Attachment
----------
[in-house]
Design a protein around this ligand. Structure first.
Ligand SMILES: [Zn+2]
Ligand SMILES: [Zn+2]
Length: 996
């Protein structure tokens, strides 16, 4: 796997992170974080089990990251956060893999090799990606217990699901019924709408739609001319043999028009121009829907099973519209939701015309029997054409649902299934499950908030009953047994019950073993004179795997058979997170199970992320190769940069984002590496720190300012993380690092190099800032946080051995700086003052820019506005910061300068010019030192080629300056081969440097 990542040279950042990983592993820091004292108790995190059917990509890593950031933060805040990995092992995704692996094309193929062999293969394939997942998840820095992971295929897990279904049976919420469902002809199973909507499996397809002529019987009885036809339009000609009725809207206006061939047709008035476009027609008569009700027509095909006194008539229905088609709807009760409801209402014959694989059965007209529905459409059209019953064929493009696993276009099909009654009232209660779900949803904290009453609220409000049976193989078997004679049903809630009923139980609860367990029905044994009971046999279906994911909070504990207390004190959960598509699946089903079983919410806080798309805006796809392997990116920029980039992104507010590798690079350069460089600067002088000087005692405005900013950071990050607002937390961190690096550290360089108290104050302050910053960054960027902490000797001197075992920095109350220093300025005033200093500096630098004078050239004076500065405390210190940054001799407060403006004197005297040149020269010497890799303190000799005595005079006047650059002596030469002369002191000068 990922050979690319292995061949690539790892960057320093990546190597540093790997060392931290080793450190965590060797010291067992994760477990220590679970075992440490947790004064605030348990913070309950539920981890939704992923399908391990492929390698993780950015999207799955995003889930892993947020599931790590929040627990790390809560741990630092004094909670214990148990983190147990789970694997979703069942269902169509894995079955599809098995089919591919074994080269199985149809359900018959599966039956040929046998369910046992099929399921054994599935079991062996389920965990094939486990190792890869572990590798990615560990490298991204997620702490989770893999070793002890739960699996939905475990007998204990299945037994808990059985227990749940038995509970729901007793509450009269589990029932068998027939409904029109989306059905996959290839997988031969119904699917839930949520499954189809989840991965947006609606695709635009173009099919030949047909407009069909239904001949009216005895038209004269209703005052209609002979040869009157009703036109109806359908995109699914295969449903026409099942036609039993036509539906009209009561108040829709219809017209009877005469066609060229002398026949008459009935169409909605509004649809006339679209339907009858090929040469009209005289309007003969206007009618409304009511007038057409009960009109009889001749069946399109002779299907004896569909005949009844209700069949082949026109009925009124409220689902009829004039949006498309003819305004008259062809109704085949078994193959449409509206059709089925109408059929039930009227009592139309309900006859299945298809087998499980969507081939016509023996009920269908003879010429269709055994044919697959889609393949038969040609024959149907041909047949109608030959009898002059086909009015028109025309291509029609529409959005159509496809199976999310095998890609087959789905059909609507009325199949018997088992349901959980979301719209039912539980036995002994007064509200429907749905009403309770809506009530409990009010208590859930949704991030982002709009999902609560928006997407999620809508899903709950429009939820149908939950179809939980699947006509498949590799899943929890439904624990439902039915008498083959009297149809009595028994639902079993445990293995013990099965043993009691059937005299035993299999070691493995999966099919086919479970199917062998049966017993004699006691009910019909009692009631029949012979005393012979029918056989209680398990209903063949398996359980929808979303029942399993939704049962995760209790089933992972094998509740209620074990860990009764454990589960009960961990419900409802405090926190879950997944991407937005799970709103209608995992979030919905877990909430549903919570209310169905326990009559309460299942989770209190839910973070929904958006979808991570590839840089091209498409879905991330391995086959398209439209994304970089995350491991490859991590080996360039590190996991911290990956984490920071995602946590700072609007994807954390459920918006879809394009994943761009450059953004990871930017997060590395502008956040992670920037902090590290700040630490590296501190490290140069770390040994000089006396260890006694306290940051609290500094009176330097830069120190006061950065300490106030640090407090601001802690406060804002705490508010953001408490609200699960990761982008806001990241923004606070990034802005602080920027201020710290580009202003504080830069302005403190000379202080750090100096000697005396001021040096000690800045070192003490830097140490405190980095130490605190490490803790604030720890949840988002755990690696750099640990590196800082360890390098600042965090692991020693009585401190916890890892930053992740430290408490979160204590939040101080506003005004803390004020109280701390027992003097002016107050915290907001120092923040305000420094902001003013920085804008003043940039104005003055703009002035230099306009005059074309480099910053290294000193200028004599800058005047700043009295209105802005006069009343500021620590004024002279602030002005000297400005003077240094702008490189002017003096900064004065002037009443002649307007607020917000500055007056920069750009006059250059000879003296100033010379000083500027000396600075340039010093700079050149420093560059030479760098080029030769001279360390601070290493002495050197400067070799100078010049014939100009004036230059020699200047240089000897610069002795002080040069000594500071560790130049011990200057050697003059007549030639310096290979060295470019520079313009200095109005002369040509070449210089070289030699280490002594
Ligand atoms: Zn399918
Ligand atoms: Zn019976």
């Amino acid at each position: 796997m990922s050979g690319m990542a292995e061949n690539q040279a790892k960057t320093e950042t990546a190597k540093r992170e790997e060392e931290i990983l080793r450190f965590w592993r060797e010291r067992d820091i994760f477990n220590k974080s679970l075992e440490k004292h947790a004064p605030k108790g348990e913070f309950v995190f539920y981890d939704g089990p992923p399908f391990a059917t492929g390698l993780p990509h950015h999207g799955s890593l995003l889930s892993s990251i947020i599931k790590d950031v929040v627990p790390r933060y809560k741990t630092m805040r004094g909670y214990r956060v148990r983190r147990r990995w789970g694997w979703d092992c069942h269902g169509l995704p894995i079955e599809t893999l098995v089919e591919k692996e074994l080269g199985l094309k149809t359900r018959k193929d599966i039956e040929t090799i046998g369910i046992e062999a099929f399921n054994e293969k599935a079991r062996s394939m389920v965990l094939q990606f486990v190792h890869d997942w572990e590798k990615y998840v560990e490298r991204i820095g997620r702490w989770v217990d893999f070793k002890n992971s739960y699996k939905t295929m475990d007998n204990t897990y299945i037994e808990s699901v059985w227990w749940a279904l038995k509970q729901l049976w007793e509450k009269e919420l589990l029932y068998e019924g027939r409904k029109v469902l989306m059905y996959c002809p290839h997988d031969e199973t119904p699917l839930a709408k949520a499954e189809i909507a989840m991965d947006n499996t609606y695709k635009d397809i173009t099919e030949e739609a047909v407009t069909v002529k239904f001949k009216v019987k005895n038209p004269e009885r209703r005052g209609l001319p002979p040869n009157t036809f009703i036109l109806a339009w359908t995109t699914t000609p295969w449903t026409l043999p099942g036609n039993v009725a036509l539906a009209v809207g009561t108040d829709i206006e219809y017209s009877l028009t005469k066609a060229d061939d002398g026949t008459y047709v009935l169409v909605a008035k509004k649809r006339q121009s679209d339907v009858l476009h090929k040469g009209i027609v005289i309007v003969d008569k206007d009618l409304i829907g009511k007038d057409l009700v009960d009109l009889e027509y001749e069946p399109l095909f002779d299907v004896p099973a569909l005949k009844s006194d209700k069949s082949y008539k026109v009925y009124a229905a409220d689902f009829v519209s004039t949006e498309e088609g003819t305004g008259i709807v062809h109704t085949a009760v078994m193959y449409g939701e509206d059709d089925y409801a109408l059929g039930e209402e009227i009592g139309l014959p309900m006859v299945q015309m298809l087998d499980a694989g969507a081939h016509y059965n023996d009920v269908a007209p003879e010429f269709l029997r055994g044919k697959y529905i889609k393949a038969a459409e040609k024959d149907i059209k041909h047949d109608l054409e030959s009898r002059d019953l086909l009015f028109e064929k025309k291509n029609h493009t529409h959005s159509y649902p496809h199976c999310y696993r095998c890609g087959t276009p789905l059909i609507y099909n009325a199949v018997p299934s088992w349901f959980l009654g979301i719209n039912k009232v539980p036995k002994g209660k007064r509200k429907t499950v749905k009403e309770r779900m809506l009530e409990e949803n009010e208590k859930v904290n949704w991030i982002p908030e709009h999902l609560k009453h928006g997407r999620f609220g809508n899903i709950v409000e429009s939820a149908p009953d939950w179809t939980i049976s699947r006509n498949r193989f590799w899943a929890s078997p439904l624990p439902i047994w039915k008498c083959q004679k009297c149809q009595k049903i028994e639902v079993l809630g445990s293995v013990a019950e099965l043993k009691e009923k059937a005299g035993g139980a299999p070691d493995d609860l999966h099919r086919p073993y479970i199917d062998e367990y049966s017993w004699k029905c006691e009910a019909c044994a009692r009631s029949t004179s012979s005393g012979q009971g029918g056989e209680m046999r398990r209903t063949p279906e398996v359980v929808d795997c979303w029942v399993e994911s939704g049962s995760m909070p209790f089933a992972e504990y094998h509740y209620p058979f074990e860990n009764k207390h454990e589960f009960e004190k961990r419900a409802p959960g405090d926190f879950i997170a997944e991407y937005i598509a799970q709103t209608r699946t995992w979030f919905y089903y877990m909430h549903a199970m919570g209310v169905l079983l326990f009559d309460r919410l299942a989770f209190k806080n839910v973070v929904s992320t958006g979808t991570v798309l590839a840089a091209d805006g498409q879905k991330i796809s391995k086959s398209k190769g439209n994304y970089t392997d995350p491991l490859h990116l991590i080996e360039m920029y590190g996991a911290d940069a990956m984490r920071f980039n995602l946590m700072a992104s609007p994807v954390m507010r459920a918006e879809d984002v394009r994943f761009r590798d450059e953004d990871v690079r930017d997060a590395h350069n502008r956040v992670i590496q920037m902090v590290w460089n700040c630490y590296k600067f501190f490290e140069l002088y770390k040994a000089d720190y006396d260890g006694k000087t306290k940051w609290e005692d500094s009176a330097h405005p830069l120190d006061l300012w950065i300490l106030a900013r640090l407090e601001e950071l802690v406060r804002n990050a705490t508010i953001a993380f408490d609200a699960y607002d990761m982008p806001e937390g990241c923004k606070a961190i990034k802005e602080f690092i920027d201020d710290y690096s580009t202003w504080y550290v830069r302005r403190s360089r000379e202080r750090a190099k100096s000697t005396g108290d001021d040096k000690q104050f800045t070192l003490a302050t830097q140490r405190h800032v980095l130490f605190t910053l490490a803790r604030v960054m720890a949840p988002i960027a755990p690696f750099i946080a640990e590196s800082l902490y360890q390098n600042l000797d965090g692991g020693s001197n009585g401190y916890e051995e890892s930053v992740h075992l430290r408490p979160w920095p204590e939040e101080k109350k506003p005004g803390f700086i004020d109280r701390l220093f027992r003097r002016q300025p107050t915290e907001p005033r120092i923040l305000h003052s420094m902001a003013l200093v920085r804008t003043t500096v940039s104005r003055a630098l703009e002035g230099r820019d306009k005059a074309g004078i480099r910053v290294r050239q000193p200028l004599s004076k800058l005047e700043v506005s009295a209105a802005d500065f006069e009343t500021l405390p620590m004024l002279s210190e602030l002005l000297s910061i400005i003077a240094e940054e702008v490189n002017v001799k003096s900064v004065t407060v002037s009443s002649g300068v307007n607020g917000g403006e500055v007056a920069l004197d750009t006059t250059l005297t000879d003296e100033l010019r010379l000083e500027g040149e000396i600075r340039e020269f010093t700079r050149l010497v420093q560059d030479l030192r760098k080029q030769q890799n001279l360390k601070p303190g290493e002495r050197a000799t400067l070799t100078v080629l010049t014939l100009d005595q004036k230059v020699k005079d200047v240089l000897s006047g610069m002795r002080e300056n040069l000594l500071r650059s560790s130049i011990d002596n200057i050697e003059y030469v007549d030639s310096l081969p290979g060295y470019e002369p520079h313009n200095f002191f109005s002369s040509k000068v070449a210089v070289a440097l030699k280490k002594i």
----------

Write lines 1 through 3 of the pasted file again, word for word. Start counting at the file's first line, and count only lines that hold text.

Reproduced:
[in-house]
Design a protein around this ligand. Structure first.
Ligand SMILES: [Zn+2]